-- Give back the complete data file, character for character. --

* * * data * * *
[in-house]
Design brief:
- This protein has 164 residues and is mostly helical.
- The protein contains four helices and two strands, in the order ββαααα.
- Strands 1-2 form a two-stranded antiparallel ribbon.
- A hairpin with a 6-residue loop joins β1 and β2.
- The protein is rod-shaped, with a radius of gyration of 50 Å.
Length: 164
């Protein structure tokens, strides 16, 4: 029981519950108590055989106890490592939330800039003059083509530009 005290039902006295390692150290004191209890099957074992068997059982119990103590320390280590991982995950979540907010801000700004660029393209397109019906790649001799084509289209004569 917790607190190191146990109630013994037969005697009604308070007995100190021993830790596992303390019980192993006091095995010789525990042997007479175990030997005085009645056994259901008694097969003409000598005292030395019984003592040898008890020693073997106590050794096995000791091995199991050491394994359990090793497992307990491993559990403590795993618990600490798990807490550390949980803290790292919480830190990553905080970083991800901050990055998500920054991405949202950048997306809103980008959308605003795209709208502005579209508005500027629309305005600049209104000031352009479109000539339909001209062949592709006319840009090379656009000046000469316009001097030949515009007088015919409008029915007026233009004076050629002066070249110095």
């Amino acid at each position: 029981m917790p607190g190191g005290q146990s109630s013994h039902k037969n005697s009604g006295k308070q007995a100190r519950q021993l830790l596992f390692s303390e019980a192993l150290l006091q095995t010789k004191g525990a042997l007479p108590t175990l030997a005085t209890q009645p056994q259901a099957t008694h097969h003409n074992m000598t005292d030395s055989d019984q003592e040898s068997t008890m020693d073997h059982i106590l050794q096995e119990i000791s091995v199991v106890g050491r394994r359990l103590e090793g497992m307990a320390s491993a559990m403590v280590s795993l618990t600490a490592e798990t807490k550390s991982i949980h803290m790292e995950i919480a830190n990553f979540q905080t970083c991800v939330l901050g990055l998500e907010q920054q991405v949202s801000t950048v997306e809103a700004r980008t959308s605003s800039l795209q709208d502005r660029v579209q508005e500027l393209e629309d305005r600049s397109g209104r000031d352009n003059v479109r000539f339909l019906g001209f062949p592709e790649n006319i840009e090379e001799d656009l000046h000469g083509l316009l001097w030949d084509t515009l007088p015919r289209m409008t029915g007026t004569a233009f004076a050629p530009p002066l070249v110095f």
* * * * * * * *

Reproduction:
[in-house]
Design brief:
- This protein has 164 residues and is mostly helical.
- The protein contains four helices and two strands, in the order ββαααα.
- Strands 1-2 form a two-stranded antiparallel ribbon.
- A hairpin with a 6-residue loop joins β1 and β2.
- The protein is rod-shaped, with a radius of gyration of 50 Å.
Length: 164
């Protein structure tokens, strides 16, 4: 029981519950108590055989106890490592939330800039003059083509530009 005290039902006295390692150290004191209890099957074992068997059982119990103590320390280590991982995950979540907010801000700004660029393209397109019906790649001799084509289209004569 917790607190190191146990109630013994037969005697009604308070007995100190021993830790596992303390019980192993006091095995010789525990042997007479175990030997005085009645056994259901008694097969003409000598005292030395019984003592040898008890020693073997106590050794096995000791091995199991050491394994359990090793497992307990491993559990403590795993618990600490798990807490550390949980803290790292919480830190990553905080970083991800901050990055998500920054991405949202950048997306809103980008959308605003795209709208502005579209508005500027629309305005600049209104000031352009479109000539339909001209062949592709006319840009090379656009000046000469316009001097030949515009007088015919409008029915007026233009004076050629002066070249110095």
């Amino acid at each position: 029981m917790p607190g190191g005290q146990s109630s013994h039902k037969n005697s009604g006295k308070q007995a100190r519950q021993l830790l596992f390692s303390e019980a192993l150290l006091q095995t010789k004191g525990a042997l007479p108590t175990l030997a005085t209890q009645p056994q259901a099957t008694h097969h003409n074992m000598t005292d030395s055989d019984q003592e040898s068997t008890m020693d073997h059982i106590l050794q096995e119990i000791s091995v199991v106890g050491r394994r359990l103590e090793g497992m307990a320390s491993a559990m403590v280590s795993l618990t600490a490592e798990t807490k550390s991982i949980h803290m790292e995950i919480a830190n990553f979540q905080t970083c991800v939330l901050g990055l998500e907010q920054q991405v949202s801000t950048v997306e809103a700004r980008t959308s605003s800039l795209q709208d502005r660029v579209q508005e500027l393209e629309d305005r600049s397109g209104r000031d352009n003059v479109r000539f339909l019906g001209f062949p592709e790649n006319i840009e090379e001799d656009l000046h000469g083509l316009l001097w030949d084509t515009l007088p015919r289209m409008t029915g007026t004569a233009f004076a050629p530009p002066l070249v110095f």